By Michael P. Stone and Melanie C. Smith
In situations where peace officers face termination for misconduct, arrangements known as “last chance” agreements have become a popular settlement option. Under one of these agreements, the officer receives a final opportunity to address misconduct and performance problems, in exchange for agreeing to accept termination as the penalty for future misconduct.
While these agreements theoretically save jobs, and are an attractive solution to officers facing termination, they can have their problems. Most importantly, a “last chance” agreement gives an employer complete discretion to determine when the officer has committed future misconduct that violates the agreement, triggering termination.
A recent case tested whether “last chance” agreements comply with a statewide peace officer bill of rights. The case involved an LAPD officer who entered into the “last chance” agreement to avoid a recommended termination for a 2006 incident in which he allegedly harassed and acted disrespectfully towards an on-duty officer from another agency. Under the agreement, he received a 22-day suspension and agreed to “resign” from the Department upon the receipt of any future complaints, sustained by the Chief, for acts of harassment towards officers of an outside agency or failure to cooperate with officers of an outside agency. As a condition of the agreement, he was required to sign a resignation form, which was to be held in abeyance and “accepted” by the Chief if future complaints were sustained.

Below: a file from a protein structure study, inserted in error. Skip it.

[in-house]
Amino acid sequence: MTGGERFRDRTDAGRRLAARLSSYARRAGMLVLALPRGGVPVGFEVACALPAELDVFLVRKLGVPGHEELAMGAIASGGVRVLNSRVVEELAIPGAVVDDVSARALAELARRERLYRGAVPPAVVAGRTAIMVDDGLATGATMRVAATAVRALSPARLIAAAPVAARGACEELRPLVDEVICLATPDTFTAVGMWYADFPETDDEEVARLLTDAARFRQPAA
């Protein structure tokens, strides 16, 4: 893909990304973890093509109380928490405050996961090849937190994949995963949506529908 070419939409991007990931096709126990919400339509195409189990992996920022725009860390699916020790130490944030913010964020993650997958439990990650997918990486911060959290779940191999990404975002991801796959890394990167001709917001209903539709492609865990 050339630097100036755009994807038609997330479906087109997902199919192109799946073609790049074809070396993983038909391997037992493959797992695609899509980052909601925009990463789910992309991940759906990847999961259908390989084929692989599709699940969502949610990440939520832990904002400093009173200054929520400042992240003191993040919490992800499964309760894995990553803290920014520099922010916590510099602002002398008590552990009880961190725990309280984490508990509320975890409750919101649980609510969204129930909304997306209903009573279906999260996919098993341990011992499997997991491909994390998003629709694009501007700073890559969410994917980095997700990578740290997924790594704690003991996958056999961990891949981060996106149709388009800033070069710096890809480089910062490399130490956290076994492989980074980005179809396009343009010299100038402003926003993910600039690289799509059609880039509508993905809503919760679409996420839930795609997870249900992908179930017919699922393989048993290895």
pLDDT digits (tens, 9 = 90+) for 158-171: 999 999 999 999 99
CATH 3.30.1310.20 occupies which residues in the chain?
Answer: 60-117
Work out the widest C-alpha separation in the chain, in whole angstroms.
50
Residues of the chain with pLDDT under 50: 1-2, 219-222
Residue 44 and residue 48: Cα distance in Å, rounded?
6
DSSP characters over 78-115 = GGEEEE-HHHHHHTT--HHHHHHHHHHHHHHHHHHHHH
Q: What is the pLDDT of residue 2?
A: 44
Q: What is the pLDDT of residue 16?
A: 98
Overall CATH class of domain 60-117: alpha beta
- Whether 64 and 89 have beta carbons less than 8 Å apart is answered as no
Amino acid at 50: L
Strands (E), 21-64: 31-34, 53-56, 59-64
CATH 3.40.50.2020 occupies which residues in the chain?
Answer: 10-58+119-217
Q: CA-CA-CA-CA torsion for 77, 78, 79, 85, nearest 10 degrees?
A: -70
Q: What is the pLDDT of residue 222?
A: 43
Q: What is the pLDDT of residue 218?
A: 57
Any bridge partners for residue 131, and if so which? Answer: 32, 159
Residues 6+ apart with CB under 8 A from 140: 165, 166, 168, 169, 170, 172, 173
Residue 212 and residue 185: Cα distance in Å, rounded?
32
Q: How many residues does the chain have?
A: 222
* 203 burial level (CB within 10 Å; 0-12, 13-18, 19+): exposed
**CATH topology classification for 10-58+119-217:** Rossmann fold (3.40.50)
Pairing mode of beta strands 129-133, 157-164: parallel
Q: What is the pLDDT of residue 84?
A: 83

In 2008, the officer appeared off-duty at a hospital with a severe hand laceration. According to Department officials, he became disruptive in the emergency room, and Sheriff’s deputies were called. The Department initiated a new complaint which the Chief of Police sustained, including a charge that the officer “failed to cooperate” with Sheriff’s deputies. The Chief then determined to “accept” the officer’s resignation. Because the officer “waived” his rights to appeal in the “last chance” agreement, he was summarily removed without any appeal or review.
A Superior Court in Los Angeles struck down the “last chance” agreement. The Court found that a “last chance” agreement involved a permanent waiver of essential due process protections, and thus violated both California’s Peace Officer Bill of Rights and the due process provisions of the Fourteenth Amendment. The Court reasoned that because of the statewide function of a bill of rights, protections under the Bill of Rights could generally not be waived by private agreement.
The Court ordered the City to reinstate the officer with back pay.
Robert Lanigan v. City of Los Angeles, et al., Los Angeles Superior Court, BS123970 (2010).
Michael P. Stone is a Pasadena, California lawyer who has practiced almost exclusively in police law and litigation for 30 years. Melanie C. Smith is an associate with the firm.
This article appears in the December 2010 issue